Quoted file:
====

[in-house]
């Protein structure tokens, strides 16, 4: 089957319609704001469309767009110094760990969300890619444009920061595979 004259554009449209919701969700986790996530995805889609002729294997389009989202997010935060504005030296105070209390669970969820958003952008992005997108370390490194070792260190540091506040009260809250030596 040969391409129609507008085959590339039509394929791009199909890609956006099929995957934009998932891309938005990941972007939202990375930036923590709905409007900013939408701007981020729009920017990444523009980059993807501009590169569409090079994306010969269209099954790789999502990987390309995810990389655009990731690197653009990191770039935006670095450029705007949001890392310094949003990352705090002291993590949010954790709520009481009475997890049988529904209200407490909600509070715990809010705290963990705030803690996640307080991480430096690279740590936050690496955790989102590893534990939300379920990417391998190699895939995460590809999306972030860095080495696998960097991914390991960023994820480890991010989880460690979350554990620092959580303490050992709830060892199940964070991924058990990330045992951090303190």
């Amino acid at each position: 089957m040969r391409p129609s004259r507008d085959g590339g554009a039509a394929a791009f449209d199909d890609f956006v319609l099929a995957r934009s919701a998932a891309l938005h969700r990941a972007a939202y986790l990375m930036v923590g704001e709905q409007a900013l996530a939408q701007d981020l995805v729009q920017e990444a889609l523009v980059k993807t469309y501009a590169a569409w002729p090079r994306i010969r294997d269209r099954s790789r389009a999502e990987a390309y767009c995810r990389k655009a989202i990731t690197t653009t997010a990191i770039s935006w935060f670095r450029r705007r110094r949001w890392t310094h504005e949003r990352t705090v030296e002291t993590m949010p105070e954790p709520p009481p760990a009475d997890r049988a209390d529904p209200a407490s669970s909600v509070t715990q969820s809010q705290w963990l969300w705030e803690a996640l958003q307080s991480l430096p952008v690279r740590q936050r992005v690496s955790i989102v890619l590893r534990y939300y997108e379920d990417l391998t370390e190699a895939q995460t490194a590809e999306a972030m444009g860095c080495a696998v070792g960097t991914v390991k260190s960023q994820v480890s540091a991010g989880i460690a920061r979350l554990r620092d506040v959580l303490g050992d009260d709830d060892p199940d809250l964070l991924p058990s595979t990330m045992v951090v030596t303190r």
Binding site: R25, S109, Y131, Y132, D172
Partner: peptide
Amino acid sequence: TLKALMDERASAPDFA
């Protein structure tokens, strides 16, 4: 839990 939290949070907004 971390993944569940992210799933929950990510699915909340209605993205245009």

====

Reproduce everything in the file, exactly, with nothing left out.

[in-house]
């Protein structure tokens, strides 16, 4: 089957319609704001469309767009110094760990969300890619444009920061595979 004259554009449209919701969700986790996530995805889609002729294997389009989202997010935060504005030296105070209390669970969820958003952008992005997108370390490194070792260190540091506040009260809250030596 040969391409129609507008085959590339039509394929791009199909890609956006099929995957934009998932891309938005990941972007939202990375930036923590709905409007900013939408701007981020729009920017990444523009980059993807501009590169569409090079994306010969269209099954790789999502990987390309995810990389655009990731690197653009990191770039935006670095450029705007949001890392310094949003990352705090002291993590949010954790709520009481009475997890049988529904209200407490909600509070715990809010705290963990705030803690996640307080991480430096690279740590936050690496955790989102590893534990939300379920990417391998190699895939995460590809999306972030860095080495696998960097991914390991960023994820480890991010989880460690979350554990620092959580303490050992709830060892199940964070991924058990990330045992951090303190």
């Amino acid at each position: 089957m040969r391409p129609s004259r507008d085959g590339g554009a039509a394929a791009f449209d199909d890609f956006v319609l099929a995957r934009s919701a998932a891309l938005h969700r990941a972007a939202y986790l990375m930036v923590g704001e709905q409007a900013l996530a939408q701007d981020l995805v729009q920017e990444a889609l523009v980059k993807t469309y501009a590169a569409w002729p090079r994306i010969r294997d269209r099954s790789r389009a999502e990987a390309y767009c995810r990389k655009a989202i990731t690197t653009t997010a990191i770039s935006w935060f670095r450029r705007r110094r949001w890392t310094h504005e949003r990352t705090v030296e002291t993590m949010p105070e954790p709520p009481p760990a009475d997890r049988a209390d529904p209200a407490s669970s909600v509070t715990q969820s809010q705290w963990l969300w705030e803690a996640l958003q307080s991480l430096p952008v690279r740590q936050r992005v690496s955790i989102v890619l590893r534990y939300y997108e379920d990417l391998t370390e190699a895939q995460t490194a590809e999306a972030m444009g860095c080495a696998v070792g960097t991914v390991k260190s960023q994820v480890s540091a991010g989880i460690a920061r979350l554990r620092d506040v959580l303490g050992d009260d709830d060892p199940d809250l964070l991924p058990s595979t990330m045992v951090v030596t303190r």
Binding site: R25, S109, Y131, Y132, D172
Partner: peptide
Amino acid sequence: TLKALMDERASAPDFA
């Protein structure tokens, strides 16, 4: 839990 939290949070907004 971390993944569940992210799933929950990510699915909340209605993205245009």